Language Barriers Cause Problems


Over the last 15 years, the influx of Hispanics into the Midwest and South is creating a language barrier in many communities, forcing changes in how governments provide services and the way businesses attract workers and customers.

In Georgia, advocates say some Latino immigrants get substandard health care because they cannot speak English well and few hospitals have Spanish translators.

In Tennessee, manufacturing and retail employers say they would hire more Hispanic immigrants but cannot adequately train or relay job safety requirements to non-English speakers.

“You have to speak English on the job, so nobody has to be around you to tell you what the boss wants” or translate out of an instruction manual, said Jose Adame of Horn Lake, Miss. He came from Mexico nine years ago for work, but said he was not able to find a steady job as a machine operator until he improved his English.

The Federal Civil Rights Act of 1964 covers discrimination based on foreign language, though it is an aspect of the law that has not been consistently enforced, said Marcela Urrutia, a policy analyst with the Hispanic advocacy group, National Council of La Raza.

An executive order issued in 2000 by the Clinton administration sought to clarify that, ordering federal agencies and organizations receiving federal funds to ensure they have a system that provide services for limited English proficiency residents so they “can have meaningful access to them.”

Most agencies are still trying to comply with the order, Urrutia said. In Michigan and elsewhere, some government agencies now are providing documents in Spanish and crash courses for employees who deal with the public.

“With the growing emergence of Latinos and other immigrants, there has been a growing demand of compliance with the law,” she said.

The 2000 census found 11 percent of U.S. residents age 5 and older, or about 28 million people, spoke Spanish at home, up from 8 percent in 1990, or about 17 million. And among those Spanish-speakers in 2000, roughly half spoke English less than “very well,” about the same percentage as a decade earlier.

But in those states that saw the largest increase in Hispanics, the number of people who spoke English less than very well exploded. For instance, in North Carolina, the number of Spanish-speaking residents nearly quadrupled. The number of Spanish-speakers who spoke English less than very well also increased five fold, while it tripled in Iowa.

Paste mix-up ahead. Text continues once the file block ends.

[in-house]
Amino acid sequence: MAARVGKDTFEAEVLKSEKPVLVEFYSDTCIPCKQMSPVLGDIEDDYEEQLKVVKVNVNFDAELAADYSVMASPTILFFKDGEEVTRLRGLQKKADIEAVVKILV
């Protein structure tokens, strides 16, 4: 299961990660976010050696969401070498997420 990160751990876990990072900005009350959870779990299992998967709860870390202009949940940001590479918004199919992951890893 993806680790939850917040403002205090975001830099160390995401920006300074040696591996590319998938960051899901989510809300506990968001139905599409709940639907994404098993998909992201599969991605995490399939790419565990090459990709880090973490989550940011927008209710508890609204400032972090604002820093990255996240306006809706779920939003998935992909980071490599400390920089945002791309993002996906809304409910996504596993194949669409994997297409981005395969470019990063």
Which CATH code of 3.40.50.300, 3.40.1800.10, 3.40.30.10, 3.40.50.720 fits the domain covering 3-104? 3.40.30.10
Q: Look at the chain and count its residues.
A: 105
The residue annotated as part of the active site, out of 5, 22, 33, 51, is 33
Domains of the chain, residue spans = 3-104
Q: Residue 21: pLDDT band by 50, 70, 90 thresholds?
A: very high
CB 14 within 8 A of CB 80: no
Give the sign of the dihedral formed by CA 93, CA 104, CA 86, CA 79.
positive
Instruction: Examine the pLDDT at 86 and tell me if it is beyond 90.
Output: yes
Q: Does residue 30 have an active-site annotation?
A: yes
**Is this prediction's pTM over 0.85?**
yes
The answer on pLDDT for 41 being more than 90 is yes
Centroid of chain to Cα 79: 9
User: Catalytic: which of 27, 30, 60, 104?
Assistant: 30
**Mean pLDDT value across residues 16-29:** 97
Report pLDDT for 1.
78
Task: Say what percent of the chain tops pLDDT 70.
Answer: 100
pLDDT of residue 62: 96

Memphis – Tennessee’s largest city – now has over 50,000 Spanish-speaking residents, more than double the number from 2000.

“It’s like something that happened overnight here. Memphis has always been a multicultural city, but we haven’t necessarily been a multilingual city,” said Shelby Mallory of The Work Place, a nonprofit work force development organization for prospective Hispanic workers.

Conversely, calls for an “English-only” culture have been prevalent in recent years as well. The nonprofit group ProEnglish says 26 states have enacted laws making English their official language.

Governments must distinguish between commonsense uses for languages – such as for emergency services – and those that inhibit assimilation, said Mark Kirkorian, executive director of the Center for Immigration Studies, a research group that advocates “fewer immigrants but a warmer welcome for those admitted.”

A report from the federal Office of Management and Budget said it could not accurately estimate costs associated with implementing programs to help residents with limited English skills.

Data was only available for Delaware, New Jersey, New York, Vermont and West Virginia, with figures for other states to be released soon. Those figures show that immigrants who spoke an Asian language tended to know English better than Spanish speakers.

Fifteen years have passed since the 2000 census and the dilemma still exists with solutions that are highly inadequate. TranStream Global is the Future of healthcare reform in the translations industry

HOME